Categories: Cooking Quality Meats Tags: beef, Cooking Quality Meats, cooking roast beef, Crawford Farm Meat, Prime Beef, Prime Beef Cuts, Prime Cuts, Prime Cuts of Meat, Prime Meat, quality beef, quality meat
GREAT ALTERNATIVE GRILLING STEAKS
In this video, Cumbrae’s owner Stephen Alexander gives you the insight into the relatively unexplored world of alternative grilling steaks. We explore the part of the animal the cuts come from, how to best prepare them and how to ask for and select the best one for your individual palate.
These alternative grilling steaks are important to Cumbrae’s nose-to-tail eating philosophy and sustainable farming practices. Not to mention, they are also great value at half the price of premium cuts and are a great way to serve steak at a big summer BBQ. Enjoy!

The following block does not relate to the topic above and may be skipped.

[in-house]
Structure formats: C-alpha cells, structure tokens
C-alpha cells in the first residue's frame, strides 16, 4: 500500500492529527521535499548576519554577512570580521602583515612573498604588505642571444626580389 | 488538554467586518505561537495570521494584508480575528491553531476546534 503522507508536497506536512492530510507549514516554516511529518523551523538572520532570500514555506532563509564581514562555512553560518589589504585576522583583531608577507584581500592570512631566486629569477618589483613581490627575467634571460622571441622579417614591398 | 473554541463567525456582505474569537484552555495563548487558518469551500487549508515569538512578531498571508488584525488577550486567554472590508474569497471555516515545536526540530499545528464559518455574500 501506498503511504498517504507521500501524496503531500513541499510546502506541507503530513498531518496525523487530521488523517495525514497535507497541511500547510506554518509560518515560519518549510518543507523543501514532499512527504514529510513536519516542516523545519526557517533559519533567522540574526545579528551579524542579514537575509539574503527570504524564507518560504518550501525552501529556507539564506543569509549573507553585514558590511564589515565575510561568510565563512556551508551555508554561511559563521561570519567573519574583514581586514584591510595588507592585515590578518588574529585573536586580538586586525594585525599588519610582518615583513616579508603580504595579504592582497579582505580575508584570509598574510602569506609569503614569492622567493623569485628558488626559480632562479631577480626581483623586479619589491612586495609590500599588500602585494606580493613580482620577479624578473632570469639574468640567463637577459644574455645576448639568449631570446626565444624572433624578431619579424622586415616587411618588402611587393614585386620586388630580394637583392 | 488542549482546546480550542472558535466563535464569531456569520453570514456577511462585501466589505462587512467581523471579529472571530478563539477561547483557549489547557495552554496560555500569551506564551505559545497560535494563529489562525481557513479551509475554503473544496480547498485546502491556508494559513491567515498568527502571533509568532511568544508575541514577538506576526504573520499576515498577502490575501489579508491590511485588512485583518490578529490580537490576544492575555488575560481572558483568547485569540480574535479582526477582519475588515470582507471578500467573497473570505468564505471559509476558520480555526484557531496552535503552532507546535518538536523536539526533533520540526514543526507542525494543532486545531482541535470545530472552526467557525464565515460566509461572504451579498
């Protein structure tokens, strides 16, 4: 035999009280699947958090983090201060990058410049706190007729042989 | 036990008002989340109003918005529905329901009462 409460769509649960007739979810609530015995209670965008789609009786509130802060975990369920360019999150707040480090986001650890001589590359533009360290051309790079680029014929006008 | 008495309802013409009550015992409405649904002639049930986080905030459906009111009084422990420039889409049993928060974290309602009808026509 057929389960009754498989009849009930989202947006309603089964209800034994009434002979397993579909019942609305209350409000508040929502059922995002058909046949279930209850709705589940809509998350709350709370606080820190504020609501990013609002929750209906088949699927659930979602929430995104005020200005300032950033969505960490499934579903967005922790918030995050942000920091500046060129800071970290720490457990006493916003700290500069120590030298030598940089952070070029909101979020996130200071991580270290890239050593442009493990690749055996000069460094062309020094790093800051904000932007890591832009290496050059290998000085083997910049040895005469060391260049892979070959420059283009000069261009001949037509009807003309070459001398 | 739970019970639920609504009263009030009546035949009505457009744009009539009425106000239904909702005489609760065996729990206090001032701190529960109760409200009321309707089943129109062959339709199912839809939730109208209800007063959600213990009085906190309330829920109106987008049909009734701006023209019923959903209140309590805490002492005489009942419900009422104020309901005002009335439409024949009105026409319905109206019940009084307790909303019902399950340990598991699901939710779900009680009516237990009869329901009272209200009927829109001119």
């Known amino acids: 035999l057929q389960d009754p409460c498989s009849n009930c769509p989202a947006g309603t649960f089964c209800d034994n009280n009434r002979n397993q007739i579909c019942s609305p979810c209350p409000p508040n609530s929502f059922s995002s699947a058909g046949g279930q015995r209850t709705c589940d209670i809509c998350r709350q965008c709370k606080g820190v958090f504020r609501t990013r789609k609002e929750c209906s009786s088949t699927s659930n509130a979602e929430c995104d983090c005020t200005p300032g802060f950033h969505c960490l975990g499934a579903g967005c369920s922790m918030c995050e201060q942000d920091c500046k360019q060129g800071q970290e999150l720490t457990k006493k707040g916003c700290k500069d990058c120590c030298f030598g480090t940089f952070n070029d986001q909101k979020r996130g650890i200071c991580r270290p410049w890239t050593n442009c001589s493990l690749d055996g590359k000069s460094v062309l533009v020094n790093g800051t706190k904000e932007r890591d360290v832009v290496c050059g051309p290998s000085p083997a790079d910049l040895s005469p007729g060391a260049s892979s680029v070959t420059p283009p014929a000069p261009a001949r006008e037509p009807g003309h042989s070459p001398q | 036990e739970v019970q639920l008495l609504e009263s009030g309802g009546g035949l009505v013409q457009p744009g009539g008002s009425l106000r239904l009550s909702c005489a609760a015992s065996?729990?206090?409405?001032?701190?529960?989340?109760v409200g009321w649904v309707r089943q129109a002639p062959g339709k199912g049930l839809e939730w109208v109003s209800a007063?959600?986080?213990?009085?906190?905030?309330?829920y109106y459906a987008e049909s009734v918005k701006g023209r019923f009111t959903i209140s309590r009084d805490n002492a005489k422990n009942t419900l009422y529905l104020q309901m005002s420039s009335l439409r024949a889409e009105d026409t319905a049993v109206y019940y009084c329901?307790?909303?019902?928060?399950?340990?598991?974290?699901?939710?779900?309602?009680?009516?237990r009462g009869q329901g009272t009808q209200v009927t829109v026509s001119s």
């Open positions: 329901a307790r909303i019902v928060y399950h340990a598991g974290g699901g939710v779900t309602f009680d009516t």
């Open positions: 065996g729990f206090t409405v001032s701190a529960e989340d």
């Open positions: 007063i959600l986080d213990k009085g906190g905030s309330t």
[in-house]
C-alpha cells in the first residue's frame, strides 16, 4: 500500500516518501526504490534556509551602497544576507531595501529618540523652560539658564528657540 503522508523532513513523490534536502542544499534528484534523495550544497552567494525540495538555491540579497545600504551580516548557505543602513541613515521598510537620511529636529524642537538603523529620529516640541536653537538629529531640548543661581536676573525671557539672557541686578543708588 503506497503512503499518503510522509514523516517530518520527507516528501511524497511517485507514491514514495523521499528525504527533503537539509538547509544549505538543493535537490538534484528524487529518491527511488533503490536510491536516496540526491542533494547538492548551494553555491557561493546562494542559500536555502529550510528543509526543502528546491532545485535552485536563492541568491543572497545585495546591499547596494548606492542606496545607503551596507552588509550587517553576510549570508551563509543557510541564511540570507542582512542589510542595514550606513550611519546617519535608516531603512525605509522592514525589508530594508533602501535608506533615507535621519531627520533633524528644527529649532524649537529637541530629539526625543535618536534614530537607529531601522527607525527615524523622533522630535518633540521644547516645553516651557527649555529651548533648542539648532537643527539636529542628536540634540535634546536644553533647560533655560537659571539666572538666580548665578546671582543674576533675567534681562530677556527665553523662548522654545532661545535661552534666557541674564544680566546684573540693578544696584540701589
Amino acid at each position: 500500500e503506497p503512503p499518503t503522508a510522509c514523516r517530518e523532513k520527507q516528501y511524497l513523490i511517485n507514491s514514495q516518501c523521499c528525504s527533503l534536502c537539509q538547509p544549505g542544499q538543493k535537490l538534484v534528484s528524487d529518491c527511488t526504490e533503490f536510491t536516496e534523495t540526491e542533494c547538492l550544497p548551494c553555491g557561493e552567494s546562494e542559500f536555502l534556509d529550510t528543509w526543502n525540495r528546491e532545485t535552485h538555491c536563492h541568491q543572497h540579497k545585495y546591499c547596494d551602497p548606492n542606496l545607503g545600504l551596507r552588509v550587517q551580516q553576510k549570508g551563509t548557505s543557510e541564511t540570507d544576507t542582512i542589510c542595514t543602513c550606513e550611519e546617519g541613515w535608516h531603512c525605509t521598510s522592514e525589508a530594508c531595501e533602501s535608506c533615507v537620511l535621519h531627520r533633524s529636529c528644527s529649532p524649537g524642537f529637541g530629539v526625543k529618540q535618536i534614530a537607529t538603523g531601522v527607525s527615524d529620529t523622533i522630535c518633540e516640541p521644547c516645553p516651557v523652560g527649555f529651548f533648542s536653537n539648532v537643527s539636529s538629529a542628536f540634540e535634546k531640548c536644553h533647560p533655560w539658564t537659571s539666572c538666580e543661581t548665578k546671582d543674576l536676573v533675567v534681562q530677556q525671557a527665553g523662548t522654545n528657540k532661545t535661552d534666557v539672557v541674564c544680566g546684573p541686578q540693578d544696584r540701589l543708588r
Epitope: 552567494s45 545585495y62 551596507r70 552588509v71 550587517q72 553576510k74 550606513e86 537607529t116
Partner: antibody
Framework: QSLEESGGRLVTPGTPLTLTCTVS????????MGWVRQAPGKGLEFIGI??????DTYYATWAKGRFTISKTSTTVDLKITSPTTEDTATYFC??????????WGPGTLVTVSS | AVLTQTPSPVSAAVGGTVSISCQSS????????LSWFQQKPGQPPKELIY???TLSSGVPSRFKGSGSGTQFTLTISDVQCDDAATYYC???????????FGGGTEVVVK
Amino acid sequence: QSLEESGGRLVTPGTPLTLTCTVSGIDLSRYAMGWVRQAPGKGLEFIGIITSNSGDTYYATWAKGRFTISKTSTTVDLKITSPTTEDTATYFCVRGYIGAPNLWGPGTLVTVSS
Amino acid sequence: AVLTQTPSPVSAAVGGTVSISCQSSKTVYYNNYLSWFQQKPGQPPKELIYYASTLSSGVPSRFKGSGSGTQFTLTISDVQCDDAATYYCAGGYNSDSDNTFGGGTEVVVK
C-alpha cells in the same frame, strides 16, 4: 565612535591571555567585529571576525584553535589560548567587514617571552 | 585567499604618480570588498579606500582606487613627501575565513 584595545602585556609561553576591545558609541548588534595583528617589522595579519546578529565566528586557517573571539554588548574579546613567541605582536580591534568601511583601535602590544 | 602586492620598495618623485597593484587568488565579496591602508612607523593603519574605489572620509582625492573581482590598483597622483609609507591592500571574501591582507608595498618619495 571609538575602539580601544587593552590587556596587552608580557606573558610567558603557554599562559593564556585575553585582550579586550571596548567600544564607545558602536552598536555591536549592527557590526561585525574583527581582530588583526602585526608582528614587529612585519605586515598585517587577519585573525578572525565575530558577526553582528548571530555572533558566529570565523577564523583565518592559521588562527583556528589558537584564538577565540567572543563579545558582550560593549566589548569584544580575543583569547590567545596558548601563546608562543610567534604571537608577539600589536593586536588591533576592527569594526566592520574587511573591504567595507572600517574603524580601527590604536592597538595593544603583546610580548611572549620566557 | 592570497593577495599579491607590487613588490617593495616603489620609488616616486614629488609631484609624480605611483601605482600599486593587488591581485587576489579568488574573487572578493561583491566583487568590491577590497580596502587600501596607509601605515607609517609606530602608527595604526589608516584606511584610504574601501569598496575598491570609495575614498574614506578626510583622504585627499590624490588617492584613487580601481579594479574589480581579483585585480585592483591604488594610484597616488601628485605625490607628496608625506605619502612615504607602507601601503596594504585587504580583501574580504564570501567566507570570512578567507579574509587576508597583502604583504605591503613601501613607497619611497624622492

The Cumbrae’s tradition of farm-to-fork quality started over a decade ago when third-generation butcher Stephen Alexander first brought Cumbrae Farms’ naturally raised meats to Toronto’s food connoisseurs.
Cumbrae’s has become Toronto’s meeting place for people who love to buy, prepare and eat great food. For leading chefs, ardent connoisseurs and families who value quality, Cumbrae’s enthusiastic staff set the standard for personal service, great cooking advice and true enjoyment of food.
Read more about Cumbraes farm-to-fork philosophy at www.cumbraes.com
Created by Neil Mills and Stephen Alexander
Duration : 0:8:15